The Millionaire Next Door by Thomas J. Stanley and William D. Planko

General Description (from
How can you join the ranks of America’s wealthy (defined as people whose net worth is over one million dollars)? It’s easy, say doctors Stanley and Danko, who have spent the last 20 years interviewing members of this elite club: you just have to follow seven simple rules. The first rule is, always live well below your means. The last rule is, choose your occupation wisely. You’ll have to buy the book to find out the other five. It’s only fair. The authors’ conclusions are commonsensical. But, as they point out, their prescription often flies in the face of what we think wealthy people should do. There are no pop stars or athletes in this book, but plenty of wall-board manufacturers–particularly ones who take cheap, infrequent vacations! Stanley and Danko mercilessly show how wealth takes sacrifice, discipline, and hard work, qualities that are positively discouraged by our high-consumption society. “You aren’t what you drive,” admonish the authors. Somewhere, Benjamin Franklin is smiling.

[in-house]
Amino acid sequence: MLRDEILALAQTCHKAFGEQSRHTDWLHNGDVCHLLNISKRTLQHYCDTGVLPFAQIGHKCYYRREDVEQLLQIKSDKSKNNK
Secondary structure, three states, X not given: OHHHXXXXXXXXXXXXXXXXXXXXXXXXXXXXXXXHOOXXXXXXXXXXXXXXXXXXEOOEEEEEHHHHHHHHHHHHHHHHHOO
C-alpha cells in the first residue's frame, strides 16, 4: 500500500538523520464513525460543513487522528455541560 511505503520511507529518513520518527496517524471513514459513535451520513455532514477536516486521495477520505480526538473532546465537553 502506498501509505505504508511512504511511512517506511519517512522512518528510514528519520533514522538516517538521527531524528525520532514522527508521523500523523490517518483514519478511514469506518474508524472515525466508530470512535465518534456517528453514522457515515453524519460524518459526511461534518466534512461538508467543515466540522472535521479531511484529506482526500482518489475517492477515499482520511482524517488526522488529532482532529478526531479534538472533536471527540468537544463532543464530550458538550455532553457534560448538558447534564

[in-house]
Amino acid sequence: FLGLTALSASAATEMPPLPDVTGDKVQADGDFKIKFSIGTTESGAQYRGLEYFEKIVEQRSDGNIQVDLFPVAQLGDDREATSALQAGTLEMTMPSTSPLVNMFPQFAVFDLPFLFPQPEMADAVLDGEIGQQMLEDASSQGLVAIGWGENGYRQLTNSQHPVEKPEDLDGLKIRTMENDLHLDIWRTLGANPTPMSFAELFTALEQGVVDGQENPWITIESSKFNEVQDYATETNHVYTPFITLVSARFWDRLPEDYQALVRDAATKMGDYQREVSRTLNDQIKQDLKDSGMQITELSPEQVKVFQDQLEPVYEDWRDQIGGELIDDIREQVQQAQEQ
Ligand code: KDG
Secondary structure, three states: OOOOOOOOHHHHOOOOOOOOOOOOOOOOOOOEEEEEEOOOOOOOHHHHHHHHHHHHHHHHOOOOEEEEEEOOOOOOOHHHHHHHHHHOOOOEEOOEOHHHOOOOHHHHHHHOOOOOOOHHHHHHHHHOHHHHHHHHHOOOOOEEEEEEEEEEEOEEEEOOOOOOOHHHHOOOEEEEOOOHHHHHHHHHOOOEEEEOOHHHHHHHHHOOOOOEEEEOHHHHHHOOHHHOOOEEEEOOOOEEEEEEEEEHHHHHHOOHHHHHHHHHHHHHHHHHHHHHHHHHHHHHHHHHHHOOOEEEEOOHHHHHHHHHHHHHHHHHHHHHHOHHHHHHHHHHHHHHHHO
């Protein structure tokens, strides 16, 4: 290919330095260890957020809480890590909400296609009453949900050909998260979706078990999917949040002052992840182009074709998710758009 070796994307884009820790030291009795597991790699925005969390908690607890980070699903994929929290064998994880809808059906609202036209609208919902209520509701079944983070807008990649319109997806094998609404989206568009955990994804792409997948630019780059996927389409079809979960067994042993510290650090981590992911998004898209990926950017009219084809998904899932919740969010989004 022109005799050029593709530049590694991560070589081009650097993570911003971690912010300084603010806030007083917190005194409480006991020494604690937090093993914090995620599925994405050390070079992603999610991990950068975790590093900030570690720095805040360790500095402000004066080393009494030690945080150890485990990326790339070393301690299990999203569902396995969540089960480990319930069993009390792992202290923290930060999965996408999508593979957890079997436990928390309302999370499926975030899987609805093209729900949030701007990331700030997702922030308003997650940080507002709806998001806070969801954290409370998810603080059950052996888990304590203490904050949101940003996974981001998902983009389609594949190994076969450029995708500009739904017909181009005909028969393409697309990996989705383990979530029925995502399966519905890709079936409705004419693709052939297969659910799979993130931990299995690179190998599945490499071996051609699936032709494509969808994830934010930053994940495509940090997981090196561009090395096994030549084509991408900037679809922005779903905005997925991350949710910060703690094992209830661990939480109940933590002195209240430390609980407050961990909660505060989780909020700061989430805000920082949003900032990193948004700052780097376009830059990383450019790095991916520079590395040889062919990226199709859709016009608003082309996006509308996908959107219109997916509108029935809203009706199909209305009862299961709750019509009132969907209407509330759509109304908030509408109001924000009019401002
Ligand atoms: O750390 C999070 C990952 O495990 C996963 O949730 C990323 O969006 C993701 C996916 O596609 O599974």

Why the President Should Read This Book
Although many of our politicians are rich themselves, I remain unconvinced many of them understand the basics of producing income and accumulating wealth in a free society. They certainly know how to tax both income and wealth. From what many politicians say about “the rich” it is obvious to see that they are either deliberately misstating the truth for political gain, or they do not understand who the rich are. This book does an excellent job of shining a bright light on who millionaires really are, how they got their money by helping others, and why government should allow them to keep it so they can continue helping greater numbers of people.

Personal Note
This is not a get-rich-quick book. It doesn’t tell you how to get rich. It is a research-based book that simply describes the characteristics and practices of millionaires. “But I don’t really care about being a millionaire, why should I read it?” you ask. Because it’s also a book about basic money management and how money affects relationships. If you ever plan on having more than $100 in your bank account, you should read this book.